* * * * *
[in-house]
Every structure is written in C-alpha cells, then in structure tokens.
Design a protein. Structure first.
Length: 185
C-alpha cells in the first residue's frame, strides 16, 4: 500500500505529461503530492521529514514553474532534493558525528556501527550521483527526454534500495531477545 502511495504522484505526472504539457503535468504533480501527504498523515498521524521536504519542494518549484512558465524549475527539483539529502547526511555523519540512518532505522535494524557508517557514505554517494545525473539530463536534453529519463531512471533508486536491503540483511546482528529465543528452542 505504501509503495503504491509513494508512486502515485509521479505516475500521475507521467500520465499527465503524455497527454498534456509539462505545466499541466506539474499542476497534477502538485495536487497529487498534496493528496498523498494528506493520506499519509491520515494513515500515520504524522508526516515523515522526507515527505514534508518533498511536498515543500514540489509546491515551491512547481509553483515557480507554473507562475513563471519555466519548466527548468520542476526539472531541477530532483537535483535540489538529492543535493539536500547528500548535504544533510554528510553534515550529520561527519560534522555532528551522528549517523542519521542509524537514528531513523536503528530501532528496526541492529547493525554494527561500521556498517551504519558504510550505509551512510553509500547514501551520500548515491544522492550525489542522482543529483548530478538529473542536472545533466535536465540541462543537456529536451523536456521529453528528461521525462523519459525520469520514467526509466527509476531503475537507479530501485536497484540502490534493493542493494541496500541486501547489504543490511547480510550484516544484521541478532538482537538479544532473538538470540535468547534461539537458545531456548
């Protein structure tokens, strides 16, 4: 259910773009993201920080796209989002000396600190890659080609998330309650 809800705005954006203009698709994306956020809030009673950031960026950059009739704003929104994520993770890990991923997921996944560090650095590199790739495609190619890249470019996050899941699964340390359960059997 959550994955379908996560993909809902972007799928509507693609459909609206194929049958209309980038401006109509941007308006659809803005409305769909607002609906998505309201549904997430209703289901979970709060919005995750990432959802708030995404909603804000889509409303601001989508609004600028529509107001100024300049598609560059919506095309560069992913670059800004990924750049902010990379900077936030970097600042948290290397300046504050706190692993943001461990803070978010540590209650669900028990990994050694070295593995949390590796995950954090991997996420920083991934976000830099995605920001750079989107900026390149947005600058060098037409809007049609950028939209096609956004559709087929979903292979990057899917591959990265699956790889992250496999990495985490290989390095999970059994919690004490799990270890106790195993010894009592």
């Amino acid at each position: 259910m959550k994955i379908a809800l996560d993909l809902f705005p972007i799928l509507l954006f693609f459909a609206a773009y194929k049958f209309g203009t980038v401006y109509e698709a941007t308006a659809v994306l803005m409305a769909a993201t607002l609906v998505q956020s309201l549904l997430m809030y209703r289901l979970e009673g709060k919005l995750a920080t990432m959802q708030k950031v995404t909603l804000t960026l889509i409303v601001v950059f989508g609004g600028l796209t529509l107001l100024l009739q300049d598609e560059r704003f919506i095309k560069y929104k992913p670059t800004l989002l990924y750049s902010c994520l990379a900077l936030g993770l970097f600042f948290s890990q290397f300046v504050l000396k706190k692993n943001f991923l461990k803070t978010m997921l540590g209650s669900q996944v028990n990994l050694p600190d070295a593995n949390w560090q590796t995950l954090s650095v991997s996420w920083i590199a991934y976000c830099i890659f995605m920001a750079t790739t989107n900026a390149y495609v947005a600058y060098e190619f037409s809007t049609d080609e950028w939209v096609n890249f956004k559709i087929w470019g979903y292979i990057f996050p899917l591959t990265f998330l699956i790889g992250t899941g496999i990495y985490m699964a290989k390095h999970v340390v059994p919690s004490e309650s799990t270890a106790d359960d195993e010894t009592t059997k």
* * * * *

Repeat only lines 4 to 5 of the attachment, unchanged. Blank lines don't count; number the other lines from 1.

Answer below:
Length: 185
C-alpha cells in the first residue's frame, strides 16, 4: 500500500505529461503530492521529514514553474532534493558525528556501527550521483527526454534500495531477545 502511495504522484505526472504539457503535468504533480501527504498523515498521524521536504519542494518549484512558465524549475527539483539529502547526511555523519540512518532505522535494524557508517557514505554517494545525473539530463536534453529519463531512471533508486536491503540483511546482528529465543528452542 505504501509503495503504491509513494508512486502515485509521479505516475500521475507521467500520465499527465503524455497527454498534456509539462505545466499541466506539474499542476497534477502538485495536487497529487498534496493528496498523498494528506493520506499519509491520515494513515500515520504524522508526516515523515522526507515527505514534508518533498511536498515543500514540489509546491515551491512547481509553483515557480507554473507562475513563471519555466519548466527548468520542476526539472531541477530532483537535483535540489538529492543535493539536500547528500548535504544533510554528510553534515550529520561527519560534522555532528551522528549517523542519521542509524537514528531513523536503528530501532528496526541492529547493525554494527561500521556498517551504519558504510550505509551512510553509500547514501551520500548515491544522492550525489542522482543529483548530478538529473542536472545533466535536465540541462543537456529536451523536456521529453528528461521525462523519459525520469520514467526509466527509476531503475537507479530501485536497484540502490534493493542493494541496500541486501547489504543490511547480510550484516544484521541478532538482537538479544532473538538470540535468547534461539537458545531456548